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Unique, local flair: How MUZE put Nairobi’s nightlife on the electronic music map

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As MUZE celebrates its fifth annivesary, co-founder Willie Gichora reflects on growing a world-class party in the Kenyan capital and representing electronic sounds from across Africa

  • Gemma Ross
  • 6 December 2023

Functions is our interview series profiling the best parties from across the world. This instalment we meet: MUZE.

Born out of a necessity to showcase Kenya’s exploding electronic music scene in 2018, Nairobi-based nightclub and party series MUZE has always had its ears to the ground when celebrating African dance music. Five years since its inception, MUZE has developed into a consistent host of world-class club nights known to locals and outsiders alike, flaunting a hefty spread of top-tier DJs and, what MUZE co-founder Willie Gichora dubs, “the best Funktion-One setup in Africa”.

Starting out as a space for Nairobi’s burgeoning Afro house community, MUZE now throws it all into the pot when it comes to genre. Every Afrodiasporic sound gets a play, Willie claims, from amapiano to AfroTech, dancehall to the up-and-coming sound of 3 step. So far, in its short five years, MUZE has hosted the likes of Black Coffee, Fred P, and Black Motion, always staying one step ahead when it comes to new sounds.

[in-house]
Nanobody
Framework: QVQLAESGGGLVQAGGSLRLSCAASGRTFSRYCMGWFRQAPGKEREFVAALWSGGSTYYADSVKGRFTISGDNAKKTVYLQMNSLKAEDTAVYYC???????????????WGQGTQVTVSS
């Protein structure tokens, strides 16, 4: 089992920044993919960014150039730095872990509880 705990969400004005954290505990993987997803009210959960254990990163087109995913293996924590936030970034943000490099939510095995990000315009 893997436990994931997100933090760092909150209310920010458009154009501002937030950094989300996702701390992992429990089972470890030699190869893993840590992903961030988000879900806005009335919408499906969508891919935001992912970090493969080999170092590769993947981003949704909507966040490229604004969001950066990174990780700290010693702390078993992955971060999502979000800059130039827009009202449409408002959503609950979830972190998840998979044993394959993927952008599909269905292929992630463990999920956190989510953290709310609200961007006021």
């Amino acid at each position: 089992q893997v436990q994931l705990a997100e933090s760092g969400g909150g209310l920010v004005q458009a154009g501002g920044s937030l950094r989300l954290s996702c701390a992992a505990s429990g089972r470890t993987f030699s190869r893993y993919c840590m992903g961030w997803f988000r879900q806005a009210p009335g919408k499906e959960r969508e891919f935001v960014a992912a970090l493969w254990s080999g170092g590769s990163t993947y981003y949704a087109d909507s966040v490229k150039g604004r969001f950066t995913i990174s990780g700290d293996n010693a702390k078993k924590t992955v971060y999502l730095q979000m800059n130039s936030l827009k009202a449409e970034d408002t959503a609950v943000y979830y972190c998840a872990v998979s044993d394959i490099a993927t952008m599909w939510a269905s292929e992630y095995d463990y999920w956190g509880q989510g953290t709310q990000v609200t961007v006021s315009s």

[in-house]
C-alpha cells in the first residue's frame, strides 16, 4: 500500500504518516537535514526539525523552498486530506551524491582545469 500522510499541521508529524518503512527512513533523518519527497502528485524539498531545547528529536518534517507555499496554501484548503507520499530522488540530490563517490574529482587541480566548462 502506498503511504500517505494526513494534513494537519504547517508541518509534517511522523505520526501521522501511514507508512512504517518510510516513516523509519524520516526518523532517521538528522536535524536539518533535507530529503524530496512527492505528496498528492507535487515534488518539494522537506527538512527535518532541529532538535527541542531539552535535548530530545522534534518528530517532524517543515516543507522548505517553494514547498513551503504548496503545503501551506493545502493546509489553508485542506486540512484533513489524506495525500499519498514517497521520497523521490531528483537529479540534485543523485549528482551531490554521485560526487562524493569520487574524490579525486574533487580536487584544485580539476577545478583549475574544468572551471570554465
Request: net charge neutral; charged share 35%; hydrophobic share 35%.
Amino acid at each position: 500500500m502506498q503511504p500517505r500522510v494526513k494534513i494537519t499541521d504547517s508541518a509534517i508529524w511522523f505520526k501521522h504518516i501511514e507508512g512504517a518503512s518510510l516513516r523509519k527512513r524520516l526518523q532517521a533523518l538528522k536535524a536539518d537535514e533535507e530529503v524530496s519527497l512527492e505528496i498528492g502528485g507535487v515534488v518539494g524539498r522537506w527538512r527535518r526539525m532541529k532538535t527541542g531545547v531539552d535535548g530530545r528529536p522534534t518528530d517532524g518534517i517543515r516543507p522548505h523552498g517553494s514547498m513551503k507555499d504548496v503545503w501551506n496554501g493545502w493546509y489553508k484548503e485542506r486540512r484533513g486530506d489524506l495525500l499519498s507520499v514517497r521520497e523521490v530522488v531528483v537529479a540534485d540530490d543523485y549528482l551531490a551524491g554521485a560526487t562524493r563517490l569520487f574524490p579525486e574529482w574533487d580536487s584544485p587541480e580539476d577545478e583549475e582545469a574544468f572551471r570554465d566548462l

With an intimate, 400-capacity club, MUZE has also expanded beyond the reaches of the traditional club space, organising one-day, open-air events at a nearby rooftop in the heart of Nairobi. MUZE is even looking to pursue a new venture in South Africa’s Cape Town in the very near future.

Ahead of MUZE’s fifth birthday, we chatted with co-founder Willie Gichora about the venue and party series’ pioneering role in Nairobi’s nightlife and plans to keep building. Check it out below.

How did MUZE come about?

Five years ago, Federico and I met and co-founded MUZE as the first venue and nightclub dedicated to electronic music in Nairobi, having seen the potential in the city’s burgeoning electronic music scene and artists.